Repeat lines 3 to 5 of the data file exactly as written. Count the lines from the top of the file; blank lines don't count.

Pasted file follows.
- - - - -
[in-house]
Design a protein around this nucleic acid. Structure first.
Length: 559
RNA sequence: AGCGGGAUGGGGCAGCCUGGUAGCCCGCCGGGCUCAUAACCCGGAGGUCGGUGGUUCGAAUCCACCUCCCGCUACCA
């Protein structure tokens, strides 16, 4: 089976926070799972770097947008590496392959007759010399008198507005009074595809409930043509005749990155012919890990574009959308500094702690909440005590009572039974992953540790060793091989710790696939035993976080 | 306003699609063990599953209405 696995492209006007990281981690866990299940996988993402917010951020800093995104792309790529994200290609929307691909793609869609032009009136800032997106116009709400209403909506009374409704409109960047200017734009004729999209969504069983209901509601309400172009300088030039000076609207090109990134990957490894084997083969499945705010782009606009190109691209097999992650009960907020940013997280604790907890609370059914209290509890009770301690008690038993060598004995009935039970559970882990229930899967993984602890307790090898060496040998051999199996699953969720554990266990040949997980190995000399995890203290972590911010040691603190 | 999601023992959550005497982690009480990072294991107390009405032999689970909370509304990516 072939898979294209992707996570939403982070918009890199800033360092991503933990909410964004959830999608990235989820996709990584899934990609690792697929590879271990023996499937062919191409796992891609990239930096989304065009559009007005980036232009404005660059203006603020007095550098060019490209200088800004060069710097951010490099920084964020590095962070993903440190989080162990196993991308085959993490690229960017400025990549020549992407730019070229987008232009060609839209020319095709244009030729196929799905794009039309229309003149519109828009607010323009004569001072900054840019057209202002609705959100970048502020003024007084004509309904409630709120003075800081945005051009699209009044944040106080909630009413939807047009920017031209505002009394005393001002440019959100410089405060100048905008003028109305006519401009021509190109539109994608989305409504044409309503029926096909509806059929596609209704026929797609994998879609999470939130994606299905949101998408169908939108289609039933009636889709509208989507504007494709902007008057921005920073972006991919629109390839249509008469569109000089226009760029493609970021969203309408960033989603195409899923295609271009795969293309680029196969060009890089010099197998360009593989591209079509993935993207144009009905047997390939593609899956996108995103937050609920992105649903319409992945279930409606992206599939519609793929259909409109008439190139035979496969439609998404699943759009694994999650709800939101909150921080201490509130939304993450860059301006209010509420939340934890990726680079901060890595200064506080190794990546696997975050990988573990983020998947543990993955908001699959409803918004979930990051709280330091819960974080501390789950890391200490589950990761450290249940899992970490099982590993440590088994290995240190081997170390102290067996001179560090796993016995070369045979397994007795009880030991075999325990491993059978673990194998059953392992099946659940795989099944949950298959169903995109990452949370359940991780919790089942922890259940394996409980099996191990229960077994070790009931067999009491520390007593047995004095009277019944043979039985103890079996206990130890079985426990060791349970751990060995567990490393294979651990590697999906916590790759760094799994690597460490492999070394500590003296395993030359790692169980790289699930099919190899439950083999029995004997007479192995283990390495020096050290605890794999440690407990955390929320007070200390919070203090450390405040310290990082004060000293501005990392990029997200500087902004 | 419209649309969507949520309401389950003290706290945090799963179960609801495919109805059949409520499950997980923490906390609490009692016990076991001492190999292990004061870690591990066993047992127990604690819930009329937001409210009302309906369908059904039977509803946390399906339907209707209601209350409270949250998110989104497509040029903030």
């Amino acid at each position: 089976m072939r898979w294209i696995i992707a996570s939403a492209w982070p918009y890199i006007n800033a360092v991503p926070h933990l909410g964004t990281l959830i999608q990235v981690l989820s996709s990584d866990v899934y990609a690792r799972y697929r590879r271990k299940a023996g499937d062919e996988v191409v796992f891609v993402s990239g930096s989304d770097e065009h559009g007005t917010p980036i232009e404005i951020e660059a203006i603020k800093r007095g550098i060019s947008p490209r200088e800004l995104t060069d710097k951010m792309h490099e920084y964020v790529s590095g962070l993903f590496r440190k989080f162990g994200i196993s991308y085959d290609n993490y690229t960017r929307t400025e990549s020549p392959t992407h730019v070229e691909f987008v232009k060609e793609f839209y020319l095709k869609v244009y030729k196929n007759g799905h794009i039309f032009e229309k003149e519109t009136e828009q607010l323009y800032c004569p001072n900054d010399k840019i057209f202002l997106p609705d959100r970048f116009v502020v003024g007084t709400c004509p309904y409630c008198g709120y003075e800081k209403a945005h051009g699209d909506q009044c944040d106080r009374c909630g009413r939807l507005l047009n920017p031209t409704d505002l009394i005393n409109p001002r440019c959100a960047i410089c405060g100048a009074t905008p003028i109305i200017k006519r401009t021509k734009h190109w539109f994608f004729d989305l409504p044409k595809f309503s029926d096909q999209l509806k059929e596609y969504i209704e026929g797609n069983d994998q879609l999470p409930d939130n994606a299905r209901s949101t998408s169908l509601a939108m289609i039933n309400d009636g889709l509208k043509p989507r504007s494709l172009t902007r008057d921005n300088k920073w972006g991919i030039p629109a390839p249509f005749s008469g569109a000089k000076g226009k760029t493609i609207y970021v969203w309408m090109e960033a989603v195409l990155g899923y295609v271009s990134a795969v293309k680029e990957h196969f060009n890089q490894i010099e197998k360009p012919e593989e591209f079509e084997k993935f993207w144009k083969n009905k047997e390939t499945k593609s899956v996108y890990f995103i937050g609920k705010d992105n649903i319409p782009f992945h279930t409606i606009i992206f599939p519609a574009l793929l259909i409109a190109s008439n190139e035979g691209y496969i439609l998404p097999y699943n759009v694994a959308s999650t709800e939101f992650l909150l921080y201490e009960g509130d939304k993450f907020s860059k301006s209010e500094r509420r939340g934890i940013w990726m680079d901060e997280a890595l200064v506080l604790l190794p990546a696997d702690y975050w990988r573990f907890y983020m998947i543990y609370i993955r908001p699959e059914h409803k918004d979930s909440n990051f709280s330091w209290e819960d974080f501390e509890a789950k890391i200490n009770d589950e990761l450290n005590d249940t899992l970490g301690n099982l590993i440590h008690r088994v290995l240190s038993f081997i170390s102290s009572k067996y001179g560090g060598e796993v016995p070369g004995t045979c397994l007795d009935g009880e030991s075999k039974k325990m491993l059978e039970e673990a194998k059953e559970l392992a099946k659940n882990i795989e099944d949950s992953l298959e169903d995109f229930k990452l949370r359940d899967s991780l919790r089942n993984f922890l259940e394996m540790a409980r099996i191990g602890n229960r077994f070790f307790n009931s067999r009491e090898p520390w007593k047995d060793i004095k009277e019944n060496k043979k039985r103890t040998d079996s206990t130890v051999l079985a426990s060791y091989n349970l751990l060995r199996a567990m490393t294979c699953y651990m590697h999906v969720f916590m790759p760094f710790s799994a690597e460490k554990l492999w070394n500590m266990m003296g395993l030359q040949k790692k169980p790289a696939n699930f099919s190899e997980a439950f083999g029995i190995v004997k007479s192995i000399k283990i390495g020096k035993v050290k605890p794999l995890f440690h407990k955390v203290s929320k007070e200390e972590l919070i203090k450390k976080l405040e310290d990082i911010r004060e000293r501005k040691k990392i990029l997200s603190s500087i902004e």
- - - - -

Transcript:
Length: 559
RNA sequence: AGCGGGAUGGGGCAGCCUGGUAGCCCGCCGGGCUCAUAACCCGGAGGUCGGUGGUUCGAAUCCACCUCCCGCUACCA
């Protein structure tokens, strides 16, 4: 089976926070799972770097947008590496392959007759010399008198507005009074595809409930043509005749990155012919890990574009959308500094702690909440005590009572039974992953540790060793091989710790696939035993976080 | 306003699609063990599953209405 696995492209006007990281981690866990299940996988993402917010951020800093995104792309790529994200290609929307691909793609869609032009009136800032997106116009709400209403909506009374409704409109960047200017734009004729999209969504069983209901509601309400172009300088030039000076609207090109990134990957490894084997083969499945705010782009606009190109691209097999992650009960907020940013997280604790907890609370059914209290509890009770301690008690038993060598004995009935039970559970882990229930899967993984602890307790090898060496040998051999199996699953969720554990266990040949997980190995000399995890203290972590911010040691603190 | 999601023992959550005497982690009480990072294991107390009405032999689970909370509304990516 072939898979294209992707996570939403982070918009890199800033360092991503933990909410964004959830999608990235989820996709990584899934990609690792697929590879271990023996499937062919191409796992891609990239930096989304065009559009007005980036232009404005660059203006603020007095550098060019490209200088800004060069710097951010490099920084964020590095962070993903440190989080162990196993991308085959993490690229960017400025990549020549992407730019070229987008232009060609839209020319095709244009030729196929799905794009039309229309003149519109828009607010323009004569001072900054840019057209202002609705959100970048502020003024007084004509309904409630709120003075800081945005051009699209009044944040106080909630009413939807047009920017031209505002009394005393001002440019959100410089405060100048905008003028109305006519401009021509190109539109994608989305409504044409309503029926096909509806059929596609209704026929797609994998879609999470939130994606299905949101998408169908939108289609039933009636889709509208989507504007494709902007008057921005920073972006991919629109390839249509008469569109000089226009760029493609970021969203309408960033989603195409899923295609271009795969293309680029196969060009890089010099197998360009593989591209079509993935993207144009009905047997390939593609899956996108995103937050609920992105649903319409992945279930409606992206599939519609793929259909409109008439190139035979496969439609998404699943759009694994999650709800939101909150921080201490509130939304993450860059301006209010509420939340934890990726680079901060890595200064506080190794990546696997975050990988573990983020998947543990993955908001699959409803918004979930990051709280330091819960974080501390789950890391200490589950990761450290249940899992970490099982590993440590088994290995240190081997170390102290067996001179560090796993016995070369045979397994007795009880030991075999325990491993059978673990194998059953392992099946659940795989099944949950298959169903995109990452949370359940991780919790089942922890259940394996409980099996191990229960077994070790009931067999009491520390007593047995004095009277019944043979039985103890079996206990130890079985426990060791349970751990060995567990490393294979651990590697999906916590790759760094799994690597460490492999070394500590003296395993030359790692169980790289699930099919190899439950083999029995004997007479192995283990390495020096050290605890794999440690407990955390929320007070200390919070203090450390405040310290990082004060000293501005990392990029997200500087902004 | 419209649309969507949520309401389950003290706290945090799963179960609801495919109805059949409520499950997980923490906390609490009692016990076991001492190999292990004061870690591990066993047992127990604690819930009329937001409210009302309906369908059904039977509803946390399906339907209707209601209350409270949250998110989104497509040029903030």